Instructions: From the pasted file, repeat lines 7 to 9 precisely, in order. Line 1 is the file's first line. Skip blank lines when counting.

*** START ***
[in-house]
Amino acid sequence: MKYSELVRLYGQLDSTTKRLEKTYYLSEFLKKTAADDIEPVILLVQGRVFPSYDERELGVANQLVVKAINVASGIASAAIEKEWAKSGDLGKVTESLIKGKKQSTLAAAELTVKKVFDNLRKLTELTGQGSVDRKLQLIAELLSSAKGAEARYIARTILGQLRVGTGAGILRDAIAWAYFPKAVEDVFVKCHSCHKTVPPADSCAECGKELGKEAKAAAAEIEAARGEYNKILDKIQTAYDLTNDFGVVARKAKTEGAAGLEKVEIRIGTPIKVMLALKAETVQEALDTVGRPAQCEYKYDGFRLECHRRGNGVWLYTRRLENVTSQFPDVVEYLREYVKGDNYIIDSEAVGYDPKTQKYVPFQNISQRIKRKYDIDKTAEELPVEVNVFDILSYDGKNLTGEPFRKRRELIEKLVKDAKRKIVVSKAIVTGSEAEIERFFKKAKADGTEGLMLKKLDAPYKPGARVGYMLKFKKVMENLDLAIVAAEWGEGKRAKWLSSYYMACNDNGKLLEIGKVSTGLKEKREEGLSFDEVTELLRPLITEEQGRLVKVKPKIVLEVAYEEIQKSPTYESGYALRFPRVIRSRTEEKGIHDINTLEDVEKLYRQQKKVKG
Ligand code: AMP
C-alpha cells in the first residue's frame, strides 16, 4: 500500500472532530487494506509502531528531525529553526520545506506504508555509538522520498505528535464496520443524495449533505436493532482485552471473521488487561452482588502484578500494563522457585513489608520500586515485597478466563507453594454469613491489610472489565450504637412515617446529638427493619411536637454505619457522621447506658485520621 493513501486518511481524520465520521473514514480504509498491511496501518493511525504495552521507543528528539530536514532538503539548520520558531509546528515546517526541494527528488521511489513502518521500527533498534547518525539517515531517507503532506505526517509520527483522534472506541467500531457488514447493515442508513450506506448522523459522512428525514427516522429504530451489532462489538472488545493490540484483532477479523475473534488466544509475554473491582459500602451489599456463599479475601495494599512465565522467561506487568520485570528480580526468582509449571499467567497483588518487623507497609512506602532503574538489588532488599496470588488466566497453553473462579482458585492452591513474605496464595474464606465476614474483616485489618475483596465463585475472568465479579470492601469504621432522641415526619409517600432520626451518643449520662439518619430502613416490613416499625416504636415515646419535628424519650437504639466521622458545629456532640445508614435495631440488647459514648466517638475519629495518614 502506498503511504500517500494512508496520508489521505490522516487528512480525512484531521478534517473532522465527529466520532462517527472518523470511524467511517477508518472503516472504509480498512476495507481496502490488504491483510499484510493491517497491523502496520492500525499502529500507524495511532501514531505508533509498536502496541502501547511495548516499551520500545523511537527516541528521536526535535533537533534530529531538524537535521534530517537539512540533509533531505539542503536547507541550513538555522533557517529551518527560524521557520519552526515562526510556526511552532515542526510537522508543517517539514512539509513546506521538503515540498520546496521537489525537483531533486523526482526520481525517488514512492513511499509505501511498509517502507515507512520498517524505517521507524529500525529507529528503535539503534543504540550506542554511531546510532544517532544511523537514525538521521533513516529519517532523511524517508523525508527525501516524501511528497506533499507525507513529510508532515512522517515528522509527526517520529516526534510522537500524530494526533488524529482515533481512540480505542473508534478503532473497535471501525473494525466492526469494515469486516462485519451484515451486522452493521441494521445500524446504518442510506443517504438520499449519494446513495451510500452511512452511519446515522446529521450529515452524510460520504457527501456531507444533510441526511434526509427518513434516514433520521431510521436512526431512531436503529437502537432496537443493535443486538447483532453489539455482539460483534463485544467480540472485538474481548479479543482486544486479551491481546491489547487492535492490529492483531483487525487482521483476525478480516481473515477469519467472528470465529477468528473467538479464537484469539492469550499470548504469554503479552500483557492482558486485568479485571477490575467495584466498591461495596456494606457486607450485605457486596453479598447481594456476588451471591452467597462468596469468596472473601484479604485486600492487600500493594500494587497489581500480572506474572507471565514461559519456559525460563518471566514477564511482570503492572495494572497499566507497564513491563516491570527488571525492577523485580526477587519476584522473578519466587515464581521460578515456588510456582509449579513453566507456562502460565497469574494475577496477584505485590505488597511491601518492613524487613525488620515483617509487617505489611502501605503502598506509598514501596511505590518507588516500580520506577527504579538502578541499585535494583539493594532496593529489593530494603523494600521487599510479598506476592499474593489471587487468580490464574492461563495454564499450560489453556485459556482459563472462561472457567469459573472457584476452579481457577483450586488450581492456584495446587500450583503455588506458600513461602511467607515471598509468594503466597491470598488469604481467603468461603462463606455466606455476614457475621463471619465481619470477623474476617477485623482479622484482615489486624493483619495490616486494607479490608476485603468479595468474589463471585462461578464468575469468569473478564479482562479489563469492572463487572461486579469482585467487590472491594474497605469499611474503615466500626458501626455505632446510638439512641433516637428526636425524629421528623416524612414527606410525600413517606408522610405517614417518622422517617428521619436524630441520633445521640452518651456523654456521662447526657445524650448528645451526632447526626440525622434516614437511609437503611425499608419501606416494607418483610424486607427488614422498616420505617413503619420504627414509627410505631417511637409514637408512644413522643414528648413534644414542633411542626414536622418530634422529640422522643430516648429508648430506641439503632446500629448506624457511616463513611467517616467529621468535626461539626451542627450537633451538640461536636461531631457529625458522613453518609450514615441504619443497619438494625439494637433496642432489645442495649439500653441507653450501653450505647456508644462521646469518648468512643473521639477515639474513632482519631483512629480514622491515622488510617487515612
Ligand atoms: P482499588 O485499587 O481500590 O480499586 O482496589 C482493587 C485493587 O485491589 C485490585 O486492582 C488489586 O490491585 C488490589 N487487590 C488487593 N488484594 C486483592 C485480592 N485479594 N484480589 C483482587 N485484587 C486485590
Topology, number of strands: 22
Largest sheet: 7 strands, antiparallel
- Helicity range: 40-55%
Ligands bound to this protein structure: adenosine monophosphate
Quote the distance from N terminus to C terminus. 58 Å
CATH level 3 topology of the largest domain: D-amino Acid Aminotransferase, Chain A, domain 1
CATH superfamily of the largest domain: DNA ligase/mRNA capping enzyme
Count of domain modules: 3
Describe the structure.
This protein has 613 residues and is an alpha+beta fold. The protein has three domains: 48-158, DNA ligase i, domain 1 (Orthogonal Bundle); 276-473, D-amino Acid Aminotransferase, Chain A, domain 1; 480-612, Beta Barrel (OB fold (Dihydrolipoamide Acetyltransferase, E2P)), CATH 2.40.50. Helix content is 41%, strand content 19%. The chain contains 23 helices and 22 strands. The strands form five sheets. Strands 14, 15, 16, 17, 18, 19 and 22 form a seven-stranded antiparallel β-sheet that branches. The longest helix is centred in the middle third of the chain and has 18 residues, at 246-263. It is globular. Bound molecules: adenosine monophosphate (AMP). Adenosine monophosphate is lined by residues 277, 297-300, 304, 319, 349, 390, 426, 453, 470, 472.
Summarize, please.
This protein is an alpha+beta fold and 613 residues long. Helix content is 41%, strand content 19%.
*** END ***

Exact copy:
Largest sheet: 7 strands, antiparallel
- Helicity range: 40-55%
Ligands bound to this protein structure: adenosine monophosphate